recycling

Susan Bence

As Kris McCoy sets up at the Saturday Mineral Point Market in Water Tower Park, she is surrounded by her artfully arranged wooden creations – a large buffet, numerous candle holders, decorative ladders, to name a few.

Mineral Point is home.

McCoy and her husband have lived here 23 years and raised their four children here.

Grace Heffernan

According the the EPA, American's generate roughly 254 million tons of trash a year, approximately 35 percent of which is recycled or composted. Meanwhile, Sweden boasts that more than 99 percent of all household waste there is recycled.

Swedish native Veronica  Lundback arrived in Milwaukee in 2001 to attend graduate school at UWM. Back at home, conservation was a way of life.

Ann-Elise Henzl

A number of people celebrated Earth Day over the weekend, perhaps renewing their commitment to eco-friendly habits. There's one practice that might not be on everyone's radar: finding new life for old textiles, from clothing to household décor.

Bob Woycke recycles textiles for a living.

"As a kid, I was living on 12th and Becher. I remember the ragman coming through with the horse and cart in the alley. Little did I know, I'd end up in that business," Woycke says.

LaToya Dennis

An economic downturn is underway, and most people probably have no idea. It’s not like the Great Recession when the entire country could notice the impact, yet today’s decline is turning some people’s lives upside down. Players in the recycling industry are struggling including in Milwaukee.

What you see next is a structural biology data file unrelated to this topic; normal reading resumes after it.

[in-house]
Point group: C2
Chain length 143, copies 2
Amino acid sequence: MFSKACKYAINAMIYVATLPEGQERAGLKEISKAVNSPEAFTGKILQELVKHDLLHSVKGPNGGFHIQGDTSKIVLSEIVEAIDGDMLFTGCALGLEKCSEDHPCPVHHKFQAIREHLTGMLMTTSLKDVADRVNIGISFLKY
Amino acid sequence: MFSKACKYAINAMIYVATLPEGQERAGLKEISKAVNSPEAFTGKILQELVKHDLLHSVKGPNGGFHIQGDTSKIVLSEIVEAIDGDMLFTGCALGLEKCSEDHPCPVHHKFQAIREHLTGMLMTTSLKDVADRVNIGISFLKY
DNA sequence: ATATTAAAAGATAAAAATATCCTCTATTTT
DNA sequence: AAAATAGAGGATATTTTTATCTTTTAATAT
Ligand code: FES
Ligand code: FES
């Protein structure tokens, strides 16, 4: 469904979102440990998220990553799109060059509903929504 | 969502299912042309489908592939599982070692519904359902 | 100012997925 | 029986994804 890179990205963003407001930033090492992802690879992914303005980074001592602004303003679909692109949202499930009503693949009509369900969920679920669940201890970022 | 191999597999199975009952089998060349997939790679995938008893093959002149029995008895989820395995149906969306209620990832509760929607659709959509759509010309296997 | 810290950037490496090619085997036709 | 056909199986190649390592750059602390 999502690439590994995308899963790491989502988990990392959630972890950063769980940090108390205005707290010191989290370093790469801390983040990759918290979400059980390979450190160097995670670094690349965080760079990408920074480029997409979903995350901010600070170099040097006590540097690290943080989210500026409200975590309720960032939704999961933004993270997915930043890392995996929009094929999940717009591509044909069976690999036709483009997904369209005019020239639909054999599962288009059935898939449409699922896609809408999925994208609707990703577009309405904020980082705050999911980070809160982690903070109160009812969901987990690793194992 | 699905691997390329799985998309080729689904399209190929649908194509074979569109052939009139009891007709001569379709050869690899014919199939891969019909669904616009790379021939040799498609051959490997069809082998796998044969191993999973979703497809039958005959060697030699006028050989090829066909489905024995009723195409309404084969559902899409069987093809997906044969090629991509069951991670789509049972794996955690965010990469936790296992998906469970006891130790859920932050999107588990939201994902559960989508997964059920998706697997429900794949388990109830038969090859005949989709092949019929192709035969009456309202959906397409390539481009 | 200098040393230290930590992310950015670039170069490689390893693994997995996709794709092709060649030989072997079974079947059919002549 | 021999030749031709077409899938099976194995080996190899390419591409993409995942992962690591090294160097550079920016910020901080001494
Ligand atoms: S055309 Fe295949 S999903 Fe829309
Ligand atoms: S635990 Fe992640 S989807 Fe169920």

Bruce Adams hits the road every morning between 3 and 3:30 to scavenge for what most people would consider junk, but for Adams, it’s money.

Ann-Elise Henzl

At this time of year, many of us exchange gifts or entertain more than usual. The byproduct can be waste, which ends up in landfills.

There are many opportunities to generate waste this season. Items you order online may come entombed in packaging. So can toys. Then, there’s the plethora of materials we use to wrap gifts.

While bows and ribbons are destined for the landfill, people can recycle most wrapping paper and boxes, according to Rick Meyers, Resource Recovery Program manager for the City of Milwaukee. He says people here seem to be getting the message.

S Bence

WasteCap Resource Solutions has been around for 15 years.

Salvaged beams and art deco windows are just part of its vision to transform waste into resources. WasteCap leaves no brick unturned.

Project Manager Justin Dall’Osto knows the facts. “U.S. landfills are made up 41 percent of construction demolition materials. Wisconsin is around 30 to 31 percent. So we’re a little a less but we’re doing our part to try make it even lower,” he says.

Diverting organic materials from landfills consumes Kompost Kids volunteers. The group hopes to ramp up efforts and is vying for a national prize to help.